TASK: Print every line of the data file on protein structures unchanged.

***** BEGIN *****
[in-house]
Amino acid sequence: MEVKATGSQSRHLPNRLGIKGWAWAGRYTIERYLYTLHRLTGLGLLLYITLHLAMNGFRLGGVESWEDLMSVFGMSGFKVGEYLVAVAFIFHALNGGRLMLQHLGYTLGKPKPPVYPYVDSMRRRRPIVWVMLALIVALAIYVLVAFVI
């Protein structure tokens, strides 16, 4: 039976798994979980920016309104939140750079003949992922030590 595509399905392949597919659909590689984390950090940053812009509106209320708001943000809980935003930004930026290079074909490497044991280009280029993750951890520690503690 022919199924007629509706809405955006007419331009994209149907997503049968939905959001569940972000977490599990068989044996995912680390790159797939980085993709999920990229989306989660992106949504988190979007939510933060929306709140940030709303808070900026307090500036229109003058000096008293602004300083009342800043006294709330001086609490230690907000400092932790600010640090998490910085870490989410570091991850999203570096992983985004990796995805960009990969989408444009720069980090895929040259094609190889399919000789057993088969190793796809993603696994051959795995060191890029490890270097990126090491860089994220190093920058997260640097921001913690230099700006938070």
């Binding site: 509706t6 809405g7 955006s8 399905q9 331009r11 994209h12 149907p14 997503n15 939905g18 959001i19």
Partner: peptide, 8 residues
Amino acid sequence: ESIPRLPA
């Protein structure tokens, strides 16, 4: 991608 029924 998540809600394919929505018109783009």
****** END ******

[in-house]
Amino acid sequence: MEVKATGSQSRHLPNRLGIKGWAWAGRYTIERYLYTLHRLTGLGLLLYITLHLAMNGFRLGGVESWEDLMSVFGMSGFKVGEYLVAVAFIFHALNGGRLMLQHLGYTLGKPKPPVYPYVDSMRRRRPIVWVMLALIVALAIYVLVAFVI
């Protein structure tokens, strides 16, 4: 039976798994979980920016309104939140750079003949992922030590 595509399905392949597919659909590689984390950090940053812009509106209320708001943000809980935003930004930026290079074909490497044991280009280029993750951890520690503690 022919199924007629509706809405955006007419331009994209149907997503049968939905959001569940972000977490599990068989044996995912680390790159797939980085993709999920990229989306989660992106949504988190979007939510933060929306709140940030709303808070900026307090500036229109003058000096008293602004300083009342800043006294709330001086609490230690907000400092932790600010640090998490910085870490989410570091991850999203570096992983985004990796995805960009990969989408444009720069980090895929040259094609190889399919000789057993088969190793796809993603696994051959795995060191890029490890270097990126090491860089994220190093920058997260640097921001913690230099700006938070």
């Binding site: 509706t6 809405g7 955006s8 399905q9 331009r11 994209h12 149907p14 997503n15 939905g18 959001i19």
Partner: peptide, 8 residues
Amino acid sequence: ESIPRLPA
């Protein structure tokens, strides 16, 4: 991608 029924 998540809600394919929505018109783009």